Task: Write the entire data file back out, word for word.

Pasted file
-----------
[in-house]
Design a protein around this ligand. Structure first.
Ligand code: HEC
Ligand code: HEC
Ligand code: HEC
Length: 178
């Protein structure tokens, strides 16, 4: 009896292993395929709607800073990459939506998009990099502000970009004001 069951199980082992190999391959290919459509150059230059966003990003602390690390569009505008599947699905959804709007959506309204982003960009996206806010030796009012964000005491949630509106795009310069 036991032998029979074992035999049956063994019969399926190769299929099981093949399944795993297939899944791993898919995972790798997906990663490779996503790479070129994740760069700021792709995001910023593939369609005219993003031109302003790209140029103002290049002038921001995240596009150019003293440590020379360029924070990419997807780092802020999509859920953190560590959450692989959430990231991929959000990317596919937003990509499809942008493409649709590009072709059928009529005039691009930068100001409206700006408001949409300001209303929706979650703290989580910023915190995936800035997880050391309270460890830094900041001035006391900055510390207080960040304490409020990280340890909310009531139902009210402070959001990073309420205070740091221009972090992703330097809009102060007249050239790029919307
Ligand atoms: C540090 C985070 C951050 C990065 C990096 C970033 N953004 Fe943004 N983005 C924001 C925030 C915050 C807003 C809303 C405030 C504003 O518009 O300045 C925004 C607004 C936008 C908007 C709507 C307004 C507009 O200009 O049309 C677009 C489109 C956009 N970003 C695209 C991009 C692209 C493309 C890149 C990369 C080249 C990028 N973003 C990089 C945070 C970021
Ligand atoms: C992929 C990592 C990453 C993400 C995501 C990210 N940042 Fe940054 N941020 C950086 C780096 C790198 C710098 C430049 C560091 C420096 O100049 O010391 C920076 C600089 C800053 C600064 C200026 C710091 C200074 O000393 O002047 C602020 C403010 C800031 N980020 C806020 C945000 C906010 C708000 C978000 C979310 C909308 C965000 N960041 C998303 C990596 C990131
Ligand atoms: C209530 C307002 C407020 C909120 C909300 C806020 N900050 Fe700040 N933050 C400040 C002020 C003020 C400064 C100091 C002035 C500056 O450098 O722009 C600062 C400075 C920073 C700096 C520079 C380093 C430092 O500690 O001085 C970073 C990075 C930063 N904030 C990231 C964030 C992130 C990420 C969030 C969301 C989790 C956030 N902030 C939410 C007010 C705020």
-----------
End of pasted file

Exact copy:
[in-house]
Design a protein around this ligand. Structure first.
Ligand code: HEC
Ligand code: HEC
Ligand code: HEC
Length: 178
């Protein structure tokens, strides 16, 4: 009896292993395929709607800073990459939506998009990099502000970009004001 069951199980082992190999391959290919459509150059230059966003990003602390690390569009505008599947699905959804709007959506309204982003960009996206806010030796009012964000005491949630509106795009310069 036991032998029979074992035999049956063994019969399926190769299929099981093949399944795993297939899944791993898919995972790798997906990663490779996503790479070129994740760069700021792709995001910023593939369609005219993003031109302003790209140029103002290049002038921001995240596009150019003293440590020379360029924070990419997807780092802020999509859920953190560590959450692989959430990231991929959000990317596919937003990509499809942008493409649709590009072709059928009529005039691009930068100001409206700006408001949409300001209303929706979650703290989580910023915190995936800035997880050391309270460890830094900041001035006391900055510390207080960040304490409020990280340890909310009531139902009210402070959001990073309420205070740091221009972090992703330097809009102060007249050239790029919307
Ligand atoms: C540090 C985070 C951050 C990065 C990096 C970033 N953004 Fe943004 N983005 C924001 C925030 C915050 C807003 C809303 C405030 C504003 O518009 O300045 C925004 C607004 C936008 C908007 C709507 C307004 C507009 O200009 O049309 C677009 C489109 C956009 N970003 C695209 C991009 C692209 C493309 C890149 C990369 C080249 C990028 N973003 C990089 C945070 C970021
Ligand atoms: C992929 C990592 C990453 C993400 C995501 C990210 N940042 Fe940054 N941020 C950086 C780096 C790198 C710098 C430049 C560091 C420096 O100049 O010391 C920076 C600089 C800053 C600064 C200026 C710091 C200074 O000393 O002047 C602020 C403010 C800031 N980020 C806020 C945000 C906010 C708000 C978000 C979310 C909308 C965000 N960041 C998303 C990596 C990131
Ligand atoms: C209530 C307002 C407020 C909120 C909300 C806020 N900050 Fe700040 N933050 C400040 C002020 C003020 C400064 C100091 C002035 C500056 O450098 O722009 C600062 C400075 C920073 C700096 C520079 C380093 C430092 O500690 O001085 C970073 C990075 C930063 N904030 C990231 C964030 C992130 C990420 C969030 C969301 C989790 C956030 N902030 C939410 C007010 C705020």